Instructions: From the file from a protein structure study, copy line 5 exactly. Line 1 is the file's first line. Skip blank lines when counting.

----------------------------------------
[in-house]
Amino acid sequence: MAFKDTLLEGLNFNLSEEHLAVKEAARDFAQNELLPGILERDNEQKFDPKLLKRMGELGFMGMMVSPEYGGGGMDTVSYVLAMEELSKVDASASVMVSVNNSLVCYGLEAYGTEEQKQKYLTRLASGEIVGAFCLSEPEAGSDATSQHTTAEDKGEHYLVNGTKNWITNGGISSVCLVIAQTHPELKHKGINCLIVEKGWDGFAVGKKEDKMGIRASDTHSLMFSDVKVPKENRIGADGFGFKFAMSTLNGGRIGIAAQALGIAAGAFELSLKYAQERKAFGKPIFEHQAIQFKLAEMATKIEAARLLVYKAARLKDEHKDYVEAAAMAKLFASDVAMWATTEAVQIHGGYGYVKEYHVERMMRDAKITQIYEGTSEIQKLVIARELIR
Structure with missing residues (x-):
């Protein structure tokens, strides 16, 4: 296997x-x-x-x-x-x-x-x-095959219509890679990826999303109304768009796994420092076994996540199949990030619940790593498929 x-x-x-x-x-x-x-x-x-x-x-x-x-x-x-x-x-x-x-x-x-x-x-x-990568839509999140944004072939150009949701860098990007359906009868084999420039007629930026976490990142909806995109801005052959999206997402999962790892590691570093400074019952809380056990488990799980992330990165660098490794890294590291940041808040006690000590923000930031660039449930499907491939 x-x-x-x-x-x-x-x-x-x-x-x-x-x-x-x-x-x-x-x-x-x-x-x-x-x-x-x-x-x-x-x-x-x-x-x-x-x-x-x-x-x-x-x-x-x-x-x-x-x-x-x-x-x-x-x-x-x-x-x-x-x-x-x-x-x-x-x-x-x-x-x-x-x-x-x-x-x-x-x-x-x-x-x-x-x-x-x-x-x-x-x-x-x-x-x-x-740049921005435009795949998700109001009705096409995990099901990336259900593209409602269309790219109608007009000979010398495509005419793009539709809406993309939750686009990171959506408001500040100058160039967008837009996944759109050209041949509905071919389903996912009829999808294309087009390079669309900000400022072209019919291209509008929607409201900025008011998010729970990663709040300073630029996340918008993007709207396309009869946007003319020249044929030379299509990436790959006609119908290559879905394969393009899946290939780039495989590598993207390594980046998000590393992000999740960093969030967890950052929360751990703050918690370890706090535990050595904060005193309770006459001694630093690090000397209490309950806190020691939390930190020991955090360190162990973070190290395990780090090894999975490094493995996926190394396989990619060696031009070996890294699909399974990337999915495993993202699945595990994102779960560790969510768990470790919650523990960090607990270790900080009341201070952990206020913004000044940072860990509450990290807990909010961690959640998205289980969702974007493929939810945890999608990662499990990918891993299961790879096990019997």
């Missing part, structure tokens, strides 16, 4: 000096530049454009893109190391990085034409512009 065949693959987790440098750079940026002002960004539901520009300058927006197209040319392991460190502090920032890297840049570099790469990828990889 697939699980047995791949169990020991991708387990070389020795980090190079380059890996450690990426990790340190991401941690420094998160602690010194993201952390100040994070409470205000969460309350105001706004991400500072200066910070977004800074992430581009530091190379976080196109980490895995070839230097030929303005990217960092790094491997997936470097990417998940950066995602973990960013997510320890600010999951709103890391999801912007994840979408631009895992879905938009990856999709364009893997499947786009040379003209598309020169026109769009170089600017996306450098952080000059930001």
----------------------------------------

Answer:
């Missing part, structure tokens, strides 16, 4: 000096530049454009893109190391990085034409512009 065949693959987790440098750079940026002002960004539901520009300058927006197209040319392991460190502090920032890297840049570099790469990828990889 697939699980047995791949169990020991991708387990070389020795980090190079380059890996450690990426990790340190991401941690420094998160602690010194993201952390100040994070409470205000969460309350105001706004991400500072200066910070977004800074992430581009530091190379976080196109980490895995070839230097030929303005990217960092790094491997997936470097990417998940950066995602973990960013997510320890600010999951709103890391999801912007994840979408631009895992879905938009990856999709364009893997499947786009040379003209598309020169026109769009170089600017996306450098952080000059930001």